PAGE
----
Another consideration; it could be the East vs. West thing that I dread to drag in. The east has narrow natural trails, kept ungroom so that bumps will form, some leave areas under the lift line alone while grooming other sections and others seed a bump run. In the natural trails, sometime you don’t have the room to constantly take the slow line down; this can take you dangerously close to the trail edges and the dense woods. I did that one time at Mad River Glen; I ate some wood and was lucky to make it out in one piece. As for the lift lines and seeded bumps, most places leave them 3 to 8 bumps wide for the whole run, sometimes wider if that section bulges out from the narrow corridor. Two areas close to me seeds them 3 to 4 bumps wide in tight formation for the whole run. You start going around the bumps or take the slow line; you will end up out of the bump section (and I believe we agree that once you’re out of the bump section, it’s not bump skiing).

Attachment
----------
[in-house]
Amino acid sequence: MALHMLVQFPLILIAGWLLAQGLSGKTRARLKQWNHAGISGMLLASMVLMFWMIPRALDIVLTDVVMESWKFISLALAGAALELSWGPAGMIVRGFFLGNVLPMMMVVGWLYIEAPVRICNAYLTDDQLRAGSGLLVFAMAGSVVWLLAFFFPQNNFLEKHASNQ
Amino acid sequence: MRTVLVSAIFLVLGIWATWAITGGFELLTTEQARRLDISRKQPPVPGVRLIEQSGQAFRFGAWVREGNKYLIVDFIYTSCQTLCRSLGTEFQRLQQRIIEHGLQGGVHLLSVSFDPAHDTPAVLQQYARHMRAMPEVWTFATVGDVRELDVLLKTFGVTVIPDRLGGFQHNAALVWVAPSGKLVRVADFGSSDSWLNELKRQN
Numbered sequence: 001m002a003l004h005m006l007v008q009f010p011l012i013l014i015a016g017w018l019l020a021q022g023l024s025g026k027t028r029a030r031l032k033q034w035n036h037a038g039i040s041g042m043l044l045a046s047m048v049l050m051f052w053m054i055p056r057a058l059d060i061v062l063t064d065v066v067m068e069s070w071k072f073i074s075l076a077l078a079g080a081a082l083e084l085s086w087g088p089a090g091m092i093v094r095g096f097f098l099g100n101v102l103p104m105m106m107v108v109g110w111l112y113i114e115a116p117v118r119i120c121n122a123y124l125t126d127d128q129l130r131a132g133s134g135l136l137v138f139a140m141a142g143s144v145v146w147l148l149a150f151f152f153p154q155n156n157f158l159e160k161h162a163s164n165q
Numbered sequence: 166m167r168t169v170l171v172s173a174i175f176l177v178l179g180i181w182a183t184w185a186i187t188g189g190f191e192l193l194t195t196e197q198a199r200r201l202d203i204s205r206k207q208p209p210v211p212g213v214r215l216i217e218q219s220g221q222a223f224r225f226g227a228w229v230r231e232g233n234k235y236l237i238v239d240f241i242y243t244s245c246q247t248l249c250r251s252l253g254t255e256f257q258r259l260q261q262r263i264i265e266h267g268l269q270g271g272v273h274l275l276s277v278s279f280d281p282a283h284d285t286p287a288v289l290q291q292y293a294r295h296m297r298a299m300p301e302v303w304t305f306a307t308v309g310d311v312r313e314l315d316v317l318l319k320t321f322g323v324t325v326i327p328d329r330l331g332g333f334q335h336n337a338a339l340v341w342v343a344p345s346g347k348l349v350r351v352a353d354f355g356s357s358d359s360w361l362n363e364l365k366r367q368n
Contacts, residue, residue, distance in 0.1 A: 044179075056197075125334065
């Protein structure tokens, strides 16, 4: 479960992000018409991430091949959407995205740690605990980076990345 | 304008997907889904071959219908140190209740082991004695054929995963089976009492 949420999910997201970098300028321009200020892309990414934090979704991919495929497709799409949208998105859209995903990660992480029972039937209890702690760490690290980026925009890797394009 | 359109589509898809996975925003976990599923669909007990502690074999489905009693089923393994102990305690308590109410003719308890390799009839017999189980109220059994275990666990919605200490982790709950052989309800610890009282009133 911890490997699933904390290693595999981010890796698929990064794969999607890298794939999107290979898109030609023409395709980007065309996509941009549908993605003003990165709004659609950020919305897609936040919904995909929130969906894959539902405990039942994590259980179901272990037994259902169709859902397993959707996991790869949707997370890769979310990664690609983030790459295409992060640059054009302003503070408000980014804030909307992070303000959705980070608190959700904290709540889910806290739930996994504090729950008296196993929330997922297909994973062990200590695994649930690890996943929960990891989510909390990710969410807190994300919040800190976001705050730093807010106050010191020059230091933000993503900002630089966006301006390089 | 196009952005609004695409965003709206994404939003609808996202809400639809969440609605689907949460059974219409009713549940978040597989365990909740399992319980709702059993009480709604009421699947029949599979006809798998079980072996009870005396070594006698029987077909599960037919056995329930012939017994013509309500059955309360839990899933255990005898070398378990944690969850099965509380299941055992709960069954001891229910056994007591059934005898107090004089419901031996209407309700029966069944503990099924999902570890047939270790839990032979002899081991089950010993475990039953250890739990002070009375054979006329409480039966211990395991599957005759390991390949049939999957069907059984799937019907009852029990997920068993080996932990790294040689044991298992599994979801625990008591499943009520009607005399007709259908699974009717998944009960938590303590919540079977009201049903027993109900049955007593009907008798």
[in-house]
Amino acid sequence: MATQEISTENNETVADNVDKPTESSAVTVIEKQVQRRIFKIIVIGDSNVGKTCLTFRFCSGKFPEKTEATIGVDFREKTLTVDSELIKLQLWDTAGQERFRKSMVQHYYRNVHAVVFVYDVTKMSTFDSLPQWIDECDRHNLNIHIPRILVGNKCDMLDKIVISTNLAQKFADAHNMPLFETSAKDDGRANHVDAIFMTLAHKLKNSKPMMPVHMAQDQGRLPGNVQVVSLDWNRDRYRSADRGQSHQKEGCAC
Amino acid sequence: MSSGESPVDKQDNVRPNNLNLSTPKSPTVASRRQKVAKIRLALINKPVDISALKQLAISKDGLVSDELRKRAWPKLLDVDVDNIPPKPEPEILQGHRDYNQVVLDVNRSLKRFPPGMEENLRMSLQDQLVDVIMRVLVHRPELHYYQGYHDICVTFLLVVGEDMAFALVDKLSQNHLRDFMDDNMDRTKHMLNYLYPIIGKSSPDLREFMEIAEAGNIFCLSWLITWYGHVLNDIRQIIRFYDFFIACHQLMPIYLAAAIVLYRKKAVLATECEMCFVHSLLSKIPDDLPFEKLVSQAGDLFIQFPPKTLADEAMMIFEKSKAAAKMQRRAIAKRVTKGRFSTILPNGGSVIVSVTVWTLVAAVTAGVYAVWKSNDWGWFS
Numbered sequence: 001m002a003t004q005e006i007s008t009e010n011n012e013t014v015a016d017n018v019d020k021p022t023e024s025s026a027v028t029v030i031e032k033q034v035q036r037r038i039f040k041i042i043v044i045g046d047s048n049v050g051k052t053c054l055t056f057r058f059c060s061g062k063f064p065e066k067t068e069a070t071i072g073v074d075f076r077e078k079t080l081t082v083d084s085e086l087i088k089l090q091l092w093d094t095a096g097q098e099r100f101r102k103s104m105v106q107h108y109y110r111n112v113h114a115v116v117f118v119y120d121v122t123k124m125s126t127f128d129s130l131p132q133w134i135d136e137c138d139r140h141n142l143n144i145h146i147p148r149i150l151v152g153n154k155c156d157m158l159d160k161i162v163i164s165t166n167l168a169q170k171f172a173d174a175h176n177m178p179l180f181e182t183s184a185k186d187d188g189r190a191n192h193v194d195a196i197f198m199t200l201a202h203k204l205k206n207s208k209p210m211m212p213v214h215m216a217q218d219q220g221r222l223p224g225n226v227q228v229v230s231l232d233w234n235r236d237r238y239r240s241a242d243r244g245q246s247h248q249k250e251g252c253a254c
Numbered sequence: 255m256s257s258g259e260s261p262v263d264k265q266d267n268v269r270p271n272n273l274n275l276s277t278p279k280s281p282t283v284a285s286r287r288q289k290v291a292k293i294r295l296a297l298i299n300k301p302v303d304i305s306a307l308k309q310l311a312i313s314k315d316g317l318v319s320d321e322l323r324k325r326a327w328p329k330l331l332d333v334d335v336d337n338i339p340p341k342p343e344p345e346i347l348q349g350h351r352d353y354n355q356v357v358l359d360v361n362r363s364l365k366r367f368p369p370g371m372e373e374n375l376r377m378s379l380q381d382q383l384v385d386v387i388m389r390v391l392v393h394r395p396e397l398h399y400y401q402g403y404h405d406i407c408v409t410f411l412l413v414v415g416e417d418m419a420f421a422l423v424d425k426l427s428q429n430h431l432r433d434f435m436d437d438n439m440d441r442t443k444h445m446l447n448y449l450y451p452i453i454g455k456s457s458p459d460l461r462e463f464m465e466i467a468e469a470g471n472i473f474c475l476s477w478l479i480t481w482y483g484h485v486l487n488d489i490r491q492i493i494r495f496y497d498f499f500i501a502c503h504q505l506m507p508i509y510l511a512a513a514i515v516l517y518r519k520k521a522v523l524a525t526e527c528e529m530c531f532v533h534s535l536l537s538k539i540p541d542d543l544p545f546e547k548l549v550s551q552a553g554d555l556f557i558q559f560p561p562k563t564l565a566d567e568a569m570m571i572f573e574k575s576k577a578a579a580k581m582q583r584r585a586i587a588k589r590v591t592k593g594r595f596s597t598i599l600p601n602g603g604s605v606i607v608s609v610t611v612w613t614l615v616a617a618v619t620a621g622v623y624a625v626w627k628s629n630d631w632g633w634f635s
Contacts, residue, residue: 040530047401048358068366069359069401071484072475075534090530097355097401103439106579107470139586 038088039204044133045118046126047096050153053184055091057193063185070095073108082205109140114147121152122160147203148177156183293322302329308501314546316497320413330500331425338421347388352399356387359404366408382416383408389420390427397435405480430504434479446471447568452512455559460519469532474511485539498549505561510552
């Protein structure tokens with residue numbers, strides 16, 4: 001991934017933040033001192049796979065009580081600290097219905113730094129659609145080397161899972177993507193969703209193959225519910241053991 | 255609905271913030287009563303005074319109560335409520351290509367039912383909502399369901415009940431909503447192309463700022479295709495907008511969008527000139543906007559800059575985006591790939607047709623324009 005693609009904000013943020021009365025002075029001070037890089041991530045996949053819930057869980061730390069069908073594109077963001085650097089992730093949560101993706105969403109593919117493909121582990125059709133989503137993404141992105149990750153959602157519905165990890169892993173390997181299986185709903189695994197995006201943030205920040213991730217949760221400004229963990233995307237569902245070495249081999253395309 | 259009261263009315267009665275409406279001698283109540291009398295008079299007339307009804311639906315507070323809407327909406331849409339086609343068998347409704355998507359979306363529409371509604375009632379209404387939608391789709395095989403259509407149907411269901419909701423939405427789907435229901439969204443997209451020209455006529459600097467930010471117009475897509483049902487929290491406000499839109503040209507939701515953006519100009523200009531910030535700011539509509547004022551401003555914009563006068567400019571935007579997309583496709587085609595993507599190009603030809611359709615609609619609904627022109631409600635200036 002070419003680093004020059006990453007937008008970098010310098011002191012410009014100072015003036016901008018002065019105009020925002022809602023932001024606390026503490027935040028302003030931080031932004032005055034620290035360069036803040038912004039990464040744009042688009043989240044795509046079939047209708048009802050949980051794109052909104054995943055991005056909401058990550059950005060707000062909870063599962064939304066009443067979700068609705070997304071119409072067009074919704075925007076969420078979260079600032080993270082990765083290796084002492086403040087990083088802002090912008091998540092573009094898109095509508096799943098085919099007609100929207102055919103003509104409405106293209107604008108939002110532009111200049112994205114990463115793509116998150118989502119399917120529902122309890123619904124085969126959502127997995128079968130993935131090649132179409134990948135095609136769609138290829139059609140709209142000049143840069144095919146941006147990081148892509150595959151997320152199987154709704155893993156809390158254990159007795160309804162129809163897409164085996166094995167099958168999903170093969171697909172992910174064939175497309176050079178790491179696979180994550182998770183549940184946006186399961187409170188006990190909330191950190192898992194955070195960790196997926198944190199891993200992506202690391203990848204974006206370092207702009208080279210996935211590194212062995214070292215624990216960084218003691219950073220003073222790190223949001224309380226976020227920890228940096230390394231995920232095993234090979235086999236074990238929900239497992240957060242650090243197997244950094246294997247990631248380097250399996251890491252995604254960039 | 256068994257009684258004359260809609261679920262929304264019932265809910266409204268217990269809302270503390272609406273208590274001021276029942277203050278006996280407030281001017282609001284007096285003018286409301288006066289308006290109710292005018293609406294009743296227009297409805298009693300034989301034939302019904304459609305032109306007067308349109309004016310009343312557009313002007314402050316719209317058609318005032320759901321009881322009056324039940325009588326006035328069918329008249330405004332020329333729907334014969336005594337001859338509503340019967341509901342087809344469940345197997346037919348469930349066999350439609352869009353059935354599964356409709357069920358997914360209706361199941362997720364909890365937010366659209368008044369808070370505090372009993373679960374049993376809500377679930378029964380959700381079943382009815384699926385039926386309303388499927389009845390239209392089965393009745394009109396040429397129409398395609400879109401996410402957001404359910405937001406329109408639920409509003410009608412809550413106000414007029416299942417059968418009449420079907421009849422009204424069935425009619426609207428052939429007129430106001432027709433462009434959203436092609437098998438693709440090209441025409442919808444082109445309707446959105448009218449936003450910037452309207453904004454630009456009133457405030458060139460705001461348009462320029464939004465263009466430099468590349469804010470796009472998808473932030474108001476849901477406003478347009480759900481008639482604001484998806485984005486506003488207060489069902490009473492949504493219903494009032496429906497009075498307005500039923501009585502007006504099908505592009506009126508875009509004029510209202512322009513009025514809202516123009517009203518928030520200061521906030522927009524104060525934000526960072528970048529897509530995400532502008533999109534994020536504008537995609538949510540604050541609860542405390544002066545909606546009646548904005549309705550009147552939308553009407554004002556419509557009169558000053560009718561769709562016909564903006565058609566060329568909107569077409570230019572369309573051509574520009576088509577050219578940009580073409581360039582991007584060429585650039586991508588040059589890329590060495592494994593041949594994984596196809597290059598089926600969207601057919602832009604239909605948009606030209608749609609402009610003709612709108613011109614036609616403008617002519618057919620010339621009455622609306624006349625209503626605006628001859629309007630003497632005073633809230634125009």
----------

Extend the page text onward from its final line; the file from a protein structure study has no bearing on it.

Those wide open bump fields I see in Lito’s book and the galleries from Mary Jane exist at places like Killington and small sections at Okemo, it’s more of an exception in the NE. Could be, we have our share of narrow bump trail/sections that almost forces a zipperline.